Guild of One-Name Studies
One-name studies, Genealogy
This ONS began as a quest to determine the origins of my unusual surname. With an oral tradition that our Canadian family had long established roots in Cornwall England, I aspired to identify my paternal pedigree. Over the past 25 years, I have been successful in not only establishing my lineage from 1500 to the present but also identifying the many surname variants and the medieval origins of the family surname.
In 2012, I created the Sambells Family Genealogy website. It was designed to provide a venue where family historians could share our common history. It includes an overview of my research to date, an explanation of the origins of the surname and a repository for stories and biographies of family members.
In Sept. 2016, I published the first volume of the Sambells Family History: Origins and Lineage 1000 - 1850". Copies of this book will be available in several libraries throughout Cornwall, Devon, Oxfordshire and London England, as well as Australia, New Zealand and Ontario Canada.
Documented variants of the surname from 1000 AD include de St Pol, de Sancto Paulo, de la Pol, del Pol, Senpol, Sempol, Seynpol and Symple up to the late 1200's. Subsequent variations during the era of the Great Vowel Change of the 1300's witnessed descendants carrying the surname le Senpol, le Sympelle, Symple, Senple, Semple, and since the late 1400's as Samble, Sambles, Sambell and Sambells. Several deviant spellings of these names also occur. In some places such as northern Nottinghamshire where the surname St Paul remains in close association with lands held by the earliest de Sancto Paulo families. There are close to fifty documented spelling variant and deviants of the surname. Evolution of the surname was not linear as many of these variant spellings remain throughout England today.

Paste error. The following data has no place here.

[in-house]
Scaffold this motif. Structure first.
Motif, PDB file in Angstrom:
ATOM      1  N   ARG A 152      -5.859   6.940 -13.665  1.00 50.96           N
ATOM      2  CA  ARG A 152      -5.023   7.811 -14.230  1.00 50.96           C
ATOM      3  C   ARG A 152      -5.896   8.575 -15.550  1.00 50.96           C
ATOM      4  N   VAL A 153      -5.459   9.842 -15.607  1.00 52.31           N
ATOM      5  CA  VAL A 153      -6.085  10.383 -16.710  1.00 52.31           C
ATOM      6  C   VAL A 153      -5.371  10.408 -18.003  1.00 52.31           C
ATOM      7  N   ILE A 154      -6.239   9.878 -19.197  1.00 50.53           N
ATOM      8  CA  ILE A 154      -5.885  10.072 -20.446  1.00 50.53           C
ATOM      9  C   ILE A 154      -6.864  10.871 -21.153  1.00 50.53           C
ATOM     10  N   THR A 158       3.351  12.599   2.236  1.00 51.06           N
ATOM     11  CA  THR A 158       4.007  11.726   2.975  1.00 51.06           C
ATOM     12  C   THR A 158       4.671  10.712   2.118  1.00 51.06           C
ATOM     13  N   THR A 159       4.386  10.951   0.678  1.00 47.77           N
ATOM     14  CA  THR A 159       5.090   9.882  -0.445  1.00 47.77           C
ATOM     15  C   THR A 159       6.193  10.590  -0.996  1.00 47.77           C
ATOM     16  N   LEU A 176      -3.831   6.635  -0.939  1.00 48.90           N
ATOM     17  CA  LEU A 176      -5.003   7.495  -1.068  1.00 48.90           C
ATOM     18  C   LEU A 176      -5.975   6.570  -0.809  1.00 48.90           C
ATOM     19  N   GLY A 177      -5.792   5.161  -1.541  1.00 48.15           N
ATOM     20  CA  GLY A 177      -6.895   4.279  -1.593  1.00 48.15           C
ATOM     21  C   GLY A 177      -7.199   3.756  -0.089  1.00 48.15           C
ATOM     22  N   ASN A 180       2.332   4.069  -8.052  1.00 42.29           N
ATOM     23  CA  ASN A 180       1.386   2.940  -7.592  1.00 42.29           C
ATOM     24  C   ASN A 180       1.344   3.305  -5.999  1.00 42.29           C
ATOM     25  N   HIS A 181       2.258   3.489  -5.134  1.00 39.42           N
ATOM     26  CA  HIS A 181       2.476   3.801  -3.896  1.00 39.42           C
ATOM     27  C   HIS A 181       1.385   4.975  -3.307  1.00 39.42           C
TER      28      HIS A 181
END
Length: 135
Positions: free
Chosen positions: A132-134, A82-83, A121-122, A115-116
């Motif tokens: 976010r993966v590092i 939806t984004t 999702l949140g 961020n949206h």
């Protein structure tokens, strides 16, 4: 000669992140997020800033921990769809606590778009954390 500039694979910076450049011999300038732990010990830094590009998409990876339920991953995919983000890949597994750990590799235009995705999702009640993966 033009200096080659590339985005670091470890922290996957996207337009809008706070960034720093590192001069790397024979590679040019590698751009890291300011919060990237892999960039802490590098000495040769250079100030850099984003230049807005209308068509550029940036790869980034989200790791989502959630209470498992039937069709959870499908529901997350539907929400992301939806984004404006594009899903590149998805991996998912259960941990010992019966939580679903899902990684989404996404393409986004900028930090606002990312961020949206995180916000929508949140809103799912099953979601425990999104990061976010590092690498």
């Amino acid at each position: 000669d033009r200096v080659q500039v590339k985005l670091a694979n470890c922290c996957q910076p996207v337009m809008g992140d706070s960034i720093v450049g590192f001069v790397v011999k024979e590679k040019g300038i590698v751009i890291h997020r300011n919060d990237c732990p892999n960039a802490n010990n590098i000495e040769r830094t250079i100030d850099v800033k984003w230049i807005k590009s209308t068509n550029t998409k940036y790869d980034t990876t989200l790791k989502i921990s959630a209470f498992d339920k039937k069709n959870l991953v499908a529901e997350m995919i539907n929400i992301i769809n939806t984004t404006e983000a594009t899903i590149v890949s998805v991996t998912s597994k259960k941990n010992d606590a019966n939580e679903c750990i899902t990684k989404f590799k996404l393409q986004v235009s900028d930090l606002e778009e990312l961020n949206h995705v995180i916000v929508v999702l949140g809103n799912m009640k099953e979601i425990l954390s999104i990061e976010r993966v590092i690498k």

During the late 1100s in England, there were several cases when the use of the Latin de Sancto Paulo surname was used in reference to expatriate members of the French "de St Pol" family from St Pol-sur-Ternoise in northeastern France. The small fiefdom of St Pol was acquired by the Candavene family as a buffer territory between the powerful medieval hause de Bologne and hause de Flanders at the end of the first millenium. This ruling family held the title of Counts de St Pol from about 1000 AD to 1200 AD and adopted the Latin form of the name when a representative contingent of four family members arrived in England in support of the accession of Henry Plantagenet (Henry II) to the throne of England in 1154. It is from the English descendants of these four men that the surname Sambells has evolved.
The ancient Pipe Roll record of Henry II reveal that brothers Anselme, Osbertus, Hugues and his son Robert de Sancto Paulo were all granted lands in many eastern shires of England. Hugh was one of the several chamberlains to Henry II and Robert was the king's tailor. Descendants of these knights gradually anglicized their surname to spellings nearer to English sounds. Yet throughout the various shires there was not a standard pronunciation. Consequently, over the centuries the name de Sancto Paulo evolved into a surprising array of variations. For example, in the southwest counties of Cornwall and Devon, the hardening of the pronunciation of the letter "p" to "b" by the late 1500s produced spellings including Samble/s and Sambell/s.
Quantitative frequency investigations of this surname have not been completed.
Global distribution frequency investigations of this surname have not been completed. However, current research and website inquiries have found that the Sambells/Sambell surname occurs in England, Canada, United States, Australia, and New Zealand.
Limited DNA testing has been done. Two different branches in Ontario Canada, Sambell and Sambells have been tested and show definitive links over a dozen generations ago. A strong association also occurs between a branch of the Boone family in the USA and the Sambells of Ontario and Cornwall England.
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